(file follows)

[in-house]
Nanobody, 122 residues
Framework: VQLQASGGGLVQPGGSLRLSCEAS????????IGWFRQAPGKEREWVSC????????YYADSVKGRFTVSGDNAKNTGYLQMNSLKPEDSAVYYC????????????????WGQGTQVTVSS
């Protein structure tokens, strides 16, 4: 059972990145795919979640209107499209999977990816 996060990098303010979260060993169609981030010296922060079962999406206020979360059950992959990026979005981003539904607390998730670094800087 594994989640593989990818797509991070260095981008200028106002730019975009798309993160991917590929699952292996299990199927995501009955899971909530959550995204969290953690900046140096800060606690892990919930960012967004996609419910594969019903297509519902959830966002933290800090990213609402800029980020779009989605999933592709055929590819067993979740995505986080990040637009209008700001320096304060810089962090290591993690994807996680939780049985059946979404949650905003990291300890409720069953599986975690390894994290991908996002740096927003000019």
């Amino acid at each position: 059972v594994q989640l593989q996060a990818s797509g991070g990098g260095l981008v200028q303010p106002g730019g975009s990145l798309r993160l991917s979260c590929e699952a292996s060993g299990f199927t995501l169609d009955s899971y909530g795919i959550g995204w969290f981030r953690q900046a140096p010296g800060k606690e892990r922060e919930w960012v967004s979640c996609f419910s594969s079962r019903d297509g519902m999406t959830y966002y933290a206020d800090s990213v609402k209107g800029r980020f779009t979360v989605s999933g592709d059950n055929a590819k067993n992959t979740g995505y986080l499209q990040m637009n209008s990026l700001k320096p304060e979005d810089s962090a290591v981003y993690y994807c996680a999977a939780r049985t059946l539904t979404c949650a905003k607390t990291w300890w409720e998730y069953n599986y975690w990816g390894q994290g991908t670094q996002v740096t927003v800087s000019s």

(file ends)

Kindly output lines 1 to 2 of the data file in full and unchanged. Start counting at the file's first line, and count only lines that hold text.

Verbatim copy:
[in-house]
Nanobody, 122 residues